Bahamas defends itself in the wake of FTX scandal
Attorney General criticises new FTX CEO’s ‘misrepresentations’ and ‘inaccurate allegations’
The Attorney General of the Bahamas, Ryan Pinder, has defended his nation’s approach to cryptoasset regulation in the wake of the FTX scandal.
FTX began November as one of the world’s largest cryptocurrency exchanges. However, after its collapse following the revelation of apparent substantial fraud and corporate failure, the Bahamas-registered company will end the month in disgrace.
Particular focus and scorn has been directed at Sam Bankman-Fried, FTX’s founder and former CEO. The 30-year old oversaw the FTX empire from a luxury Bahamian mansion.
Pinder defends Bahamian crypto framework
In an online address, Pinder said that the Bahamas had acted “swiftly” by suspending FTX Digital Markets’ licence, and securing its assets “to be held on behalf of and for the benefit and restitution of clients and creditors” and by appointing provisional regulators.
Pinder said: “We have been shocked at the ignorance of those who assert that FTX came to the Bahamas because they did not want to submit to regulatory scrutiny. In fact, the world is full of countries in which there is no legislative or regulatory authority over the crypto and digital asset business, but the Bahamas is not one of these countries."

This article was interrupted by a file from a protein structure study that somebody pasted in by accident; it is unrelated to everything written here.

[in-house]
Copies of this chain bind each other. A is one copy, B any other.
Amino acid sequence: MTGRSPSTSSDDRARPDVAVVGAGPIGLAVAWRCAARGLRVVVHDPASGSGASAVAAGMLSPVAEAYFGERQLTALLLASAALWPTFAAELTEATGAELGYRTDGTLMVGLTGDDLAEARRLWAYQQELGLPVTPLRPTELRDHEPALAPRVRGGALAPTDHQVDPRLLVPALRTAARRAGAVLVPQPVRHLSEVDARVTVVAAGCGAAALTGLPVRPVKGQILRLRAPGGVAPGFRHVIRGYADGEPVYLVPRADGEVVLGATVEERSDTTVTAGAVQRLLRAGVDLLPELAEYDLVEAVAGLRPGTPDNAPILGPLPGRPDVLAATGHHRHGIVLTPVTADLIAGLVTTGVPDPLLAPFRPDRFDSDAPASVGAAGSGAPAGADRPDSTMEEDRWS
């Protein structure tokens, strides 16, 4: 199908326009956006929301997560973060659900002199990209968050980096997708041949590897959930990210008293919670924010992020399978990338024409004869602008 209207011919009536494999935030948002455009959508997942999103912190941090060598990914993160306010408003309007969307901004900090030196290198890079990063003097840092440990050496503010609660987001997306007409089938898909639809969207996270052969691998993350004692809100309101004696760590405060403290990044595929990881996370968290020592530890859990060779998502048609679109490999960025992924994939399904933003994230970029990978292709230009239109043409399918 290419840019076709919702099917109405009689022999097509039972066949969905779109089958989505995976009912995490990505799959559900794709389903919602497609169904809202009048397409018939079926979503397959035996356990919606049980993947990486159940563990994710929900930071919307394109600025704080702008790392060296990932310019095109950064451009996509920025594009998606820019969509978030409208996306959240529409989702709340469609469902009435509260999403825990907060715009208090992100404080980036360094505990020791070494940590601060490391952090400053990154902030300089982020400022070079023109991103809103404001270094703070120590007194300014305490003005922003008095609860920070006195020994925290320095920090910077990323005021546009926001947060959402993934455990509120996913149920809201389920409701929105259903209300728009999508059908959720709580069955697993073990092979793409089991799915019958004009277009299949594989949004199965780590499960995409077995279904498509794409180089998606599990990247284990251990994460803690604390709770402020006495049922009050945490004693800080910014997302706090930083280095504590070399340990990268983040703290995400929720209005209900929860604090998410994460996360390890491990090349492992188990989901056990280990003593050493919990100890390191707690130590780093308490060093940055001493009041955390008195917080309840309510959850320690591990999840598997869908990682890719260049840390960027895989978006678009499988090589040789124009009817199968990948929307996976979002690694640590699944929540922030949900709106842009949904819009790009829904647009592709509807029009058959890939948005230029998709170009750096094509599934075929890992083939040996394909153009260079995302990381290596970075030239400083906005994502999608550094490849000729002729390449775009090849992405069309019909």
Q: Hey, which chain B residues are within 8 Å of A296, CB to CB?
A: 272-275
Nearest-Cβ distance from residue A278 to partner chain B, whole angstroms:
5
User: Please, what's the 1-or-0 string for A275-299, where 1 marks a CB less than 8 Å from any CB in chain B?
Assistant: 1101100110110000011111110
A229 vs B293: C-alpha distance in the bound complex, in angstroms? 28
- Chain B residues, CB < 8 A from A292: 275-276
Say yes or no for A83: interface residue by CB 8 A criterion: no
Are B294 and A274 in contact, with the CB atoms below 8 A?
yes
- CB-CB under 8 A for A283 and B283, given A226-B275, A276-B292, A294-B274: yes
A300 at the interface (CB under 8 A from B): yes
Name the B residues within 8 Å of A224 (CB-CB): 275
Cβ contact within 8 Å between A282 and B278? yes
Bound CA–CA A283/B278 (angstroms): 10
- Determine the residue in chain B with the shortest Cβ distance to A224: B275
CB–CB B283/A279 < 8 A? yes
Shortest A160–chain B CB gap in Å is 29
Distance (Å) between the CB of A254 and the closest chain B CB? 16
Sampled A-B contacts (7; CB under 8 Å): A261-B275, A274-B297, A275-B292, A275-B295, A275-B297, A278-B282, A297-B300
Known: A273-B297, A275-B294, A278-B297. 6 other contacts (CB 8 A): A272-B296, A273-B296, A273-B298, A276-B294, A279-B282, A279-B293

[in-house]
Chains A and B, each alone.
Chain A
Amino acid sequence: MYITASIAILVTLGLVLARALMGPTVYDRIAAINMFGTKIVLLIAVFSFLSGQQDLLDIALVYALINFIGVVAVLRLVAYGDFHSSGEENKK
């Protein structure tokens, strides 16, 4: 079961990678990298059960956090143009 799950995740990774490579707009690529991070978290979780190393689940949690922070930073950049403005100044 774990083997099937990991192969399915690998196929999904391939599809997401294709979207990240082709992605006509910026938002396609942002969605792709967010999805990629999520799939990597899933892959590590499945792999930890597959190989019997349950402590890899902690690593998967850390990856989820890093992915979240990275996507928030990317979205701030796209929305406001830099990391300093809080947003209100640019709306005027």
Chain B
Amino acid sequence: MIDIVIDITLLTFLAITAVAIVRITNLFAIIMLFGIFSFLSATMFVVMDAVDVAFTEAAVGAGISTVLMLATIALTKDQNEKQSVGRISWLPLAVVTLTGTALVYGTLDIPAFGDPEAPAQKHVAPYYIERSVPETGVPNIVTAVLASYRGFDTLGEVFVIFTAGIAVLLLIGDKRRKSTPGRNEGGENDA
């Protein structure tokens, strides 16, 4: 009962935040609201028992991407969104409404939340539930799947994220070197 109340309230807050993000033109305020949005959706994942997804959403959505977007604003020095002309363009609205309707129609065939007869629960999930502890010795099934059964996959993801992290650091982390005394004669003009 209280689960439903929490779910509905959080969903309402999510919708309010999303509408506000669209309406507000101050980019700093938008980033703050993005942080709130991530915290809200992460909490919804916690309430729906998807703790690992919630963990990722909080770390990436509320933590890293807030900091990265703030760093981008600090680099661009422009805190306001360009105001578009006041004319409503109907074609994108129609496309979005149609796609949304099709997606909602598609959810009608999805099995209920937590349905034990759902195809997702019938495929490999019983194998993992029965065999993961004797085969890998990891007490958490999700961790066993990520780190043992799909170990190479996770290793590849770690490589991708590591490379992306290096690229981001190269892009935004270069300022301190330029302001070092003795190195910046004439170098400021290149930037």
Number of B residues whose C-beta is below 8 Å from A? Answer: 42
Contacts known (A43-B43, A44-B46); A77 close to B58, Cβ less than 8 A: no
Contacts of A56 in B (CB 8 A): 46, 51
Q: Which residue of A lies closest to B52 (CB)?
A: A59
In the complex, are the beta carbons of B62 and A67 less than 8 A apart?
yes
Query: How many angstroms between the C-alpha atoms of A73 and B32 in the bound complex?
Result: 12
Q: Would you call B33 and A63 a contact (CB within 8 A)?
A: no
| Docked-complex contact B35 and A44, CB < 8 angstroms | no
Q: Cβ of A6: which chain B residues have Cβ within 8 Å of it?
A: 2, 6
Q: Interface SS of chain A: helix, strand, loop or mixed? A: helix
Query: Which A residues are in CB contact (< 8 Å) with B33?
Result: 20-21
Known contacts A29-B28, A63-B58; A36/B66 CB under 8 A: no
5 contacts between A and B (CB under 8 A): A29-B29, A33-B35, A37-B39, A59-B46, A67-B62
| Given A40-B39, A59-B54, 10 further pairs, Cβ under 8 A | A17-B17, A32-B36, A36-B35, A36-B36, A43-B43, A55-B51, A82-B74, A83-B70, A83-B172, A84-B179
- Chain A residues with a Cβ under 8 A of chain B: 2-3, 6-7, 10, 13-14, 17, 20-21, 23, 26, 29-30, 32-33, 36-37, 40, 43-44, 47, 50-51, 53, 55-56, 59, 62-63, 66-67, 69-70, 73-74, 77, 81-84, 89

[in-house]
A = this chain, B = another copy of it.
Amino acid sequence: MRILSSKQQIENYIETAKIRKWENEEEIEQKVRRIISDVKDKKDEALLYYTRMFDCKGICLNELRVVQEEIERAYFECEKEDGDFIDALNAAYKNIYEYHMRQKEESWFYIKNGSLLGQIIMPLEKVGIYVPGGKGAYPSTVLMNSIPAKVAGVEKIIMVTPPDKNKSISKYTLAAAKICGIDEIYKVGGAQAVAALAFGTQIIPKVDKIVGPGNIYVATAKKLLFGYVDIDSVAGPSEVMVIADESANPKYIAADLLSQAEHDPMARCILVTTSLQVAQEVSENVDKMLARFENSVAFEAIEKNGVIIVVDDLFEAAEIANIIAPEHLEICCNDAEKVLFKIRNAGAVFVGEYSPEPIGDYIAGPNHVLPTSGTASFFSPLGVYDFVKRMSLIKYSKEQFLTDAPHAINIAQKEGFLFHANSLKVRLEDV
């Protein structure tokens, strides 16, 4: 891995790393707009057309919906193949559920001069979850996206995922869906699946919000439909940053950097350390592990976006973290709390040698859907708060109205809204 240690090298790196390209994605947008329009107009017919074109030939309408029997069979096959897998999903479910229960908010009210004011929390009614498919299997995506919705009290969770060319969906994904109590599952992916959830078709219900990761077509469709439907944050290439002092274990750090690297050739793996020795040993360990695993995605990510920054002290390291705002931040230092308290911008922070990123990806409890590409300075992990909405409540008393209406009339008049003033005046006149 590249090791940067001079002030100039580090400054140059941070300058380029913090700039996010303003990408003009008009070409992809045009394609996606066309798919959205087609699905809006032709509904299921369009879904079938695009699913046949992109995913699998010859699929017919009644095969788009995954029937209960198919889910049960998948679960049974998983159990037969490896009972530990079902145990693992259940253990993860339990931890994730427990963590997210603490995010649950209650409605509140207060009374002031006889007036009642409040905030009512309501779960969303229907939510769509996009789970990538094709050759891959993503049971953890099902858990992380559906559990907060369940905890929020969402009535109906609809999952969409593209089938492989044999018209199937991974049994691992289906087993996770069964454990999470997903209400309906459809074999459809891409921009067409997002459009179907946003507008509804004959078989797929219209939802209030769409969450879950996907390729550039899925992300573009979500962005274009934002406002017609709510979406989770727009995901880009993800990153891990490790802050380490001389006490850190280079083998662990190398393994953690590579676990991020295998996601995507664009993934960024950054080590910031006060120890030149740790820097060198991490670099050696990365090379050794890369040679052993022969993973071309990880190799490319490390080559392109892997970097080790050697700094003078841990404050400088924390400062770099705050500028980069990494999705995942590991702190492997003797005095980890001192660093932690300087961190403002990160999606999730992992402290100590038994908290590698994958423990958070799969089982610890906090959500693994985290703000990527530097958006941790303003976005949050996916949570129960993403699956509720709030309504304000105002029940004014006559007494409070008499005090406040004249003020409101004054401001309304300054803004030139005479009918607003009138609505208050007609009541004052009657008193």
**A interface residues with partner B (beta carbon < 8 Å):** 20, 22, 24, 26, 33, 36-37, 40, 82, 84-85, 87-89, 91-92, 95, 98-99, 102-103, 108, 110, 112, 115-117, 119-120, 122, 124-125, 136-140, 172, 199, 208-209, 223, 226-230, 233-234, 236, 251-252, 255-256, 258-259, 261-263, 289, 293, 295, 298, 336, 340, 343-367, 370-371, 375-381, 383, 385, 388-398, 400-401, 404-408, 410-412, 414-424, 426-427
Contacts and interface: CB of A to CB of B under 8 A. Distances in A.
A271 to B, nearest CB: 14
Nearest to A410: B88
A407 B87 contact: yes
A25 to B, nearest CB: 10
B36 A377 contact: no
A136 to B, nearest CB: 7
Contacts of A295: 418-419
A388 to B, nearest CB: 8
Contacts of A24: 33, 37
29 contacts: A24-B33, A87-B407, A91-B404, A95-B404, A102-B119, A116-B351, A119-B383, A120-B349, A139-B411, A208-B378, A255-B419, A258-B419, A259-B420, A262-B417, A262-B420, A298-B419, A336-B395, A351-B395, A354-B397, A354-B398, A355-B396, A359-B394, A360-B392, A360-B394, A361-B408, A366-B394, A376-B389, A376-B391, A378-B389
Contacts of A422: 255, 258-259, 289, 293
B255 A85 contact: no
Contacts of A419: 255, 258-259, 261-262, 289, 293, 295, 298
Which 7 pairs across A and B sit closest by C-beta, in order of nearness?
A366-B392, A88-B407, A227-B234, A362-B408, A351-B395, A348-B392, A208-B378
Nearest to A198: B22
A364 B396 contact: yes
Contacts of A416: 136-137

The attorney-general stressed that the nation’s Securities Commission was “the first regulator in the world to take significant steps with respect to the FTX group of companies” and was able to act quickly because of the country’s legislative framework.
Pinder also took aim at John Jay Ray III, Bankman-Fried’s replacement as CEO of FTX, who is overseeing the group’s bankruptcy process. Ray, a veteran bankruptcy expert, had described FTX’s situation as “unprecedented” and accused the Bahamian government of ordering “unauthorised” transactions.
In response, the Attorney General said that Ray “misrepresented” the government’s actions and “used inaccurate allegations” in its recent court filings. He said: ”We urge all authorities here and abroad at a minimum to exercise at least the same amount of prudence and restraint in their public commentary as we do so as not to prejudice any of the proceedings that are ongoing.”
Some critics have argued that Pinder should recuse himself given his possible ties to FTX. He quit public service in 2014 to serve as chief legal officer at the Bahamas-based Deltec Bank & Trust.
According to the New York Times, Deltec’s chair, Jean Chalopin, is also the chair of the FTX-owned Farmington State Bank in Washington State.